A Smartphone Alternative We Can Totally Get Behind
Americans spend an average of more than four hours a day on their smartphones—and it’s hardly innocent fun. A new study finds that smartphone addiction can have the same effect on the brain as drug addiction, reducing gray matter and delivering a dopamine rush that’s even likened to the high of snorting cocaine. For artist Joe Hollier, it took just one stint working in an experimental program at Google—where he was tasked to conceive the very apps designed to keep users glued to their screens—to convince him to take an about-face approach to tech. “I kind of said, well, geez, could being any more connected to my smartphone for another two hours a day be what I actually need,” he recalls, “or am I constantly craving escape and wishing I lived in a van off the grid?”
In 2014, Hollier joined forces with product designer Kaiwei Tang to launch Light, then the latest startup to offer a “dumb phone” under the premise that “a phone is a tool, and it should serve you as the user, not the other way around.” Its current model, the Light Phone II—touted as “a phone that actually respects you”—features a monochrome touchscreen and a smaller handheld size, with severely edited-down features. No social media feeds; no apps, push notifications, emails, or ads; and no camera. Still, the Light II is smarter than other designer dumb phones. Unlike Jasper Morrison’s phone for Punkt—which scraps an internet connection and touchscreen altogether in favor of static, calculator-like buttons (a design that philosopher and social scientist Christian Madsbjerg discusses his affinity for on Ep. 27 of our Time Sensitive podcast)—Light’s phone makes a few concessions. It has full texting capability and typography that’s easy on the eyes, and will soon roll out features for ride-sharing and listening to music (i.e., millennial essentials).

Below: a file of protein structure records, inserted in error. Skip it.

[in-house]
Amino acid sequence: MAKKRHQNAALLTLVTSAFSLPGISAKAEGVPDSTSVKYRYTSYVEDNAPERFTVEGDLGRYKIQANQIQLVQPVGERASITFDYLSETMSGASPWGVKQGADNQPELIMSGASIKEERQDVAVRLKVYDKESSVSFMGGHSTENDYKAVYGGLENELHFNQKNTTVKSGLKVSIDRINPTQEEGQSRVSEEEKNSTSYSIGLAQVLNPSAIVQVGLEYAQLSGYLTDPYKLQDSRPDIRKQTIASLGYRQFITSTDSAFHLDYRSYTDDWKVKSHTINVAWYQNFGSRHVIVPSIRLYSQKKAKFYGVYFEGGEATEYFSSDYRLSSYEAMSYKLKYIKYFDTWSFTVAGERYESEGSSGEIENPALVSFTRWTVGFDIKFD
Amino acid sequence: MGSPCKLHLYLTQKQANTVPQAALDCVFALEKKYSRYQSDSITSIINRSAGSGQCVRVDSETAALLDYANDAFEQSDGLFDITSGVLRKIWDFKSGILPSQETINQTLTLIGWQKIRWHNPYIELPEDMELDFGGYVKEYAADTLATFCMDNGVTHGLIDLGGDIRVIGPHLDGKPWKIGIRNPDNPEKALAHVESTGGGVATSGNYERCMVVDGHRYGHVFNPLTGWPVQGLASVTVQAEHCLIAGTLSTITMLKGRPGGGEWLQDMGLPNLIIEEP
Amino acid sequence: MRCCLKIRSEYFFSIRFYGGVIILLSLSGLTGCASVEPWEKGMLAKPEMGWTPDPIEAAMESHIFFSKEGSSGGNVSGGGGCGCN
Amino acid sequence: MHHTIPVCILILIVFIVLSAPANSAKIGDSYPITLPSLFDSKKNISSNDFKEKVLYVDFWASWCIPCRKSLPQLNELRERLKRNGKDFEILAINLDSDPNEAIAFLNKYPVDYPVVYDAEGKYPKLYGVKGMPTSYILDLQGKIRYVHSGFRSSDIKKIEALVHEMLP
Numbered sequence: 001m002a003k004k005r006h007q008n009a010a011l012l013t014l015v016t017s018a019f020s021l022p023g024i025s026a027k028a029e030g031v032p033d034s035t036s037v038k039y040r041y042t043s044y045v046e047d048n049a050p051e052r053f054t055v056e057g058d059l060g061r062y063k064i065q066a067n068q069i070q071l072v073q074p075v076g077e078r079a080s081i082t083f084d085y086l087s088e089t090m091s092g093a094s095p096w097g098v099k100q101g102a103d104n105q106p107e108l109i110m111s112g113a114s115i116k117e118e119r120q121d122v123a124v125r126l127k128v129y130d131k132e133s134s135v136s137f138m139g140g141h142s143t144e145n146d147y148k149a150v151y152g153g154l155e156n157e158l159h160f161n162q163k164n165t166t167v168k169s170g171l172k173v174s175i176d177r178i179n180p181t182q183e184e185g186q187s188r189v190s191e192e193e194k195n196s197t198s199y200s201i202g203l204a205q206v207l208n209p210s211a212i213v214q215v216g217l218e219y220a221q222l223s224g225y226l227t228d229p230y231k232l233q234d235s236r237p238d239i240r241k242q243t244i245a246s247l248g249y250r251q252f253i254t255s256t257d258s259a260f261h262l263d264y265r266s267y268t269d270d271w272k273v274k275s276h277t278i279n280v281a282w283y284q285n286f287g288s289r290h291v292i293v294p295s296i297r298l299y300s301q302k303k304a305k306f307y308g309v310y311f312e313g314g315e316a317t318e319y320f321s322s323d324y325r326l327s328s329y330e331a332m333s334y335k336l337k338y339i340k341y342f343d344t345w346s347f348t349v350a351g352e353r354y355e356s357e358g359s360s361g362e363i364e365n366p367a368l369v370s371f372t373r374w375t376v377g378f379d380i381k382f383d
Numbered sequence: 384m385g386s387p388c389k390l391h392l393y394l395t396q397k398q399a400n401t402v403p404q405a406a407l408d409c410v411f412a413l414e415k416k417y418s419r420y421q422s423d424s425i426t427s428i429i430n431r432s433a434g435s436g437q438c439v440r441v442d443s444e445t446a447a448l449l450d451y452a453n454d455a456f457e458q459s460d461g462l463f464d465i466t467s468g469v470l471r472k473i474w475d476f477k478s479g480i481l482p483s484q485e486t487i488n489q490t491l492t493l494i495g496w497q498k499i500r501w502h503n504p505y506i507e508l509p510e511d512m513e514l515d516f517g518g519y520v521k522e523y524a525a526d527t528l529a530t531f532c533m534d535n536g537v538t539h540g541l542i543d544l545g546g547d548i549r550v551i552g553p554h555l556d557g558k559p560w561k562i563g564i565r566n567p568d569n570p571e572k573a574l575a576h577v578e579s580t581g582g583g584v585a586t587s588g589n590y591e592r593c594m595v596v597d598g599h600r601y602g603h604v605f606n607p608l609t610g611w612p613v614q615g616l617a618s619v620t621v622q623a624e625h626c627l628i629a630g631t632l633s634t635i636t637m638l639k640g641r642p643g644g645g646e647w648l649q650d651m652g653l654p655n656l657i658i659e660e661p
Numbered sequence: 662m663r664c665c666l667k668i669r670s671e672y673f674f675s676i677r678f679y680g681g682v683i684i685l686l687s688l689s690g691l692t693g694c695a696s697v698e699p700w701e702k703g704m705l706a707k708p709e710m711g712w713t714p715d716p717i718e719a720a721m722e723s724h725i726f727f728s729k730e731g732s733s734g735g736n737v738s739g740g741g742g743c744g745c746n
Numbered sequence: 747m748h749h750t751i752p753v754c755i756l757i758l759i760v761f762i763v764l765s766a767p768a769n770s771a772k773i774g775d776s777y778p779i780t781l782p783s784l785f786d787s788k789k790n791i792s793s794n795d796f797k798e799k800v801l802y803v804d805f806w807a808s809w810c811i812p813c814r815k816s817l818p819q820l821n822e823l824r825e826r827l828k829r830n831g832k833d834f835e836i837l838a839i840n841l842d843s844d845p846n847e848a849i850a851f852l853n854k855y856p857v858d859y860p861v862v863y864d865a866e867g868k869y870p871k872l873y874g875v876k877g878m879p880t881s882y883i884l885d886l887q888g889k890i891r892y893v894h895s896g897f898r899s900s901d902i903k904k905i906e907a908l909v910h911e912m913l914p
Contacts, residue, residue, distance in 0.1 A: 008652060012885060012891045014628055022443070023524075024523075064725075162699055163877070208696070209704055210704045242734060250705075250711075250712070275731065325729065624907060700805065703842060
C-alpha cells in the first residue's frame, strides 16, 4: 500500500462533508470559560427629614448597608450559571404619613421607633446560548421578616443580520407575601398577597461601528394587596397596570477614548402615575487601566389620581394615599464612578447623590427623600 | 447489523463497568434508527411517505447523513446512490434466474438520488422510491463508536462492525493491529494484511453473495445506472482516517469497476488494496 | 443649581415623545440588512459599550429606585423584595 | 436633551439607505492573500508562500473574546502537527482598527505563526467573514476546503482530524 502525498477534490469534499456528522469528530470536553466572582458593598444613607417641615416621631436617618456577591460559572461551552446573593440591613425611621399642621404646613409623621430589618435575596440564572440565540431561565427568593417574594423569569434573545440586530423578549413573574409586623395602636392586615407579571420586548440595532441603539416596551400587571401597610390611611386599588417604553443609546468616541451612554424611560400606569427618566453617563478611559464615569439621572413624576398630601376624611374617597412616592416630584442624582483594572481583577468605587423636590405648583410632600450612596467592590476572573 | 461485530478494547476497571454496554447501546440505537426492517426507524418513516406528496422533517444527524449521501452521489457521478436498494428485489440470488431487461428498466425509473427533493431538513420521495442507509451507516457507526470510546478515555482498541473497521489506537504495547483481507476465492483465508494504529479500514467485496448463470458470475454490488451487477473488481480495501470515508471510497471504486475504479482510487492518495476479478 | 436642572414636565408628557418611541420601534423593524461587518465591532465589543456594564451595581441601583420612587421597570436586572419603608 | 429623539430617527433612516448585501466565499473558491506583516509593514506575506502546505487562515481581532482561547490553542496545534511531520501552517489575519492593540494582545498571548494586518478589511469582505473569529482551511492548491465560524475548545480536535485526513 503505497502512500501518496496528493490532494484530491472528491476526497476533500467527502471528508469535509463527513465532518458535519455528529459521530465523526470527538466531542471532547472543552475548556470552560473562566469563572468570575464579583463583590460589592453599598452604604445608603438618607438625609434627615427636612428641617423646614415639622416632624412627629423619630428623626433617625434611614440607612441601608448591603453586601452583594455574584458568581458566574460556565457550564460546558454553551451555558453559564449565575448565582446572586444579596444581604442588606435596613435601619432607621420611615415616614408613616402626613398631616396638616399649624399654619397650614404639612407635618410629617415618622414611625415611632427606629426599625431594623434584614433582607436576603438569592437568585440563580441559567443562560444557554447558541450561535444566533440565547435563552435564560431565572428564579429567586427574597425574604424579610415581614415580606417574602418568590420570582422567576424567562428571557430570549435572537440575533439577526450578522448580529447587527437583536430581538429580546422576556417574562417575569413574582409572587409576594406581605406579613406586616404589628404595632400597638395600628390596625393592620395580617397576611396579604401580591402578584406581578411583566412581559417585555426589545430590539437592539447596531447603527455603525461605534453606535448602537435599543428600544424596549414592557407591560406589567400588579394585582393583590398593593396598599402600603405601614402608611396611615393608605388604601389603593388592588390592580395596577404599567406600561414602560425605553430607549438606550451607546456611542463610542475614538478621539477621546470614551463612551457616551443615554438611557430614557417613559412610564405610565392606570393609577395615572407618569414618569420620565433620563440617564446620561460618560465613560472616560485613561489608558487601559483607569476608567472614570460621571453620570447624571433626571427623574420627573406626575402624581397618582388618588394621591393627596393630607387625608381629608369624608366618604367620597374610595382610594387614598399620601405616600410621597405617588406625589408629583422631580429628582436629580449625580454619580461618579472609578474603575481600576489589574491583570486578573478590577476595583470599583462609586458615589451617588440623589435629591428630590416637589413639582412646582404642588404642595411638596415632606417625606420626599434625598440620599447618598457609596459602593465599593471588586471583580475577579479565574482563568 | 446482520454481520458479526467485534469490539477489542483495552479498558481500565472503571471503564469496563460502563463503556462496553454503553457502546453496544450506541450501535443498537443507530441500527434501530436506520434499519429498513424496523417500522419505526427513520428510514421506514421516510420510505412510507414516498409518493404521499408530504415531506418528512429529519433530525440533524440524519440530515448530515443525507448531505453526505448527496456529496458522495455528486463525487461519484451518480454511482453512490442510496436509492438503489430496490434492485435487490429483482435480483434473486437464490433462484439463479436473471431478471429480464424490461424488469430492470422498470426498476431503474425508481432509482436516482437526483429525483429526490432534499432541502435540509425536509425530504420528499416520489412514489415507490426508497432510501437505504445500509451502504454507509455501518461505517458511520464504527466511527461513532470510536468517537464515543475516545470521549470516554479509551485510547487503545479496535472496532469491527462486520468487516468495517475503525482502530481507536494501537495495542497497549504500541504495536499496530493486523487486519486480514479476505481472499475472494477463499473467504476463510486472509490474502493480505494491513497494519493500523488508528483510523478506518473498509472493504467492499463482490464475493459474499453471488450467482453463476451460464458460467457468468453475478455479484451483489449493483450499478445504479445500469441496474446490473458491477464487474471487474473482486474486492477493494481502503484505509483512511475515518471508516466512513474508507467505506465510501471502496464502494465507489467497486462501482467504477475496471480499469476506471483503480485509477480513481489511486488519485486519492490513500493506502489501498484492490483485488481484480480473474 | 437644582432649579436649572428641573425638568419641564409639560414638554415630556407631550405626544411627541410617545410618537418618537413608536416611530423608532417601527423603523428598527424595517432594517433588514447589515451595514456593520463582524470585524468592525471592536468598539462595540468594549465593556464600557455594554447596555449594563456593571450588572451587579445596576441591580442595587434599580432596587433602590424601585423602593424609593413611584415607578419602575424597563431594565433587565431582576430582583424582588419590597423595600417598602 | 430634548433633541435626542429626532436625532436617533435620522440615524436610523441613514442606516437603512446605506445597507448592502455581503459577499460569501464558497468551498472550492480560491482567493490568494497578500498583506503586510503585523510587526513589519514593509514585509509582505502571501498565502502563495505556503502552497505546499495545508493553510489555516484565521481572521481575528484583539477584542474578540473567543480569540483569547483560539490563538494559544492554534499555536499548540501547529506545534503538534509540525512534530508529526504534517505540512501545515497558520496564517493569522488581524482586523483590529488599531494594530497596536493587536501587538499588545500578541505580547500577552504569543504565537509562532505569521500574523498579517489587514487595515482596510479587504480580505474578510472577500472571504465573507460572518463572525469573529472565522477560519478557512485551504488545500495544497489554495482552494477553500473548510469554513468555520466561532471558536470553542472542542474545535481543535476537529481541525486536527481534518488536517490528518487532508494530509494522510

At first glance, you might simply mistake Light as an older iPhone model from the early aughts. But while Light may read as a nostalgic wish to tuck Pandora back into its box—and ironically gaining attention on Instagram along the way—Hollier attests it’s not about dialing back the clock on innovation, or intentionally staying a few steps behind current tech trends. For him, it’s simply presenting an alternative that makes a case for reclaiming idle time: “Many artists have claimed that boredom is the necessary aspect, if not the essential aspect of creativity.”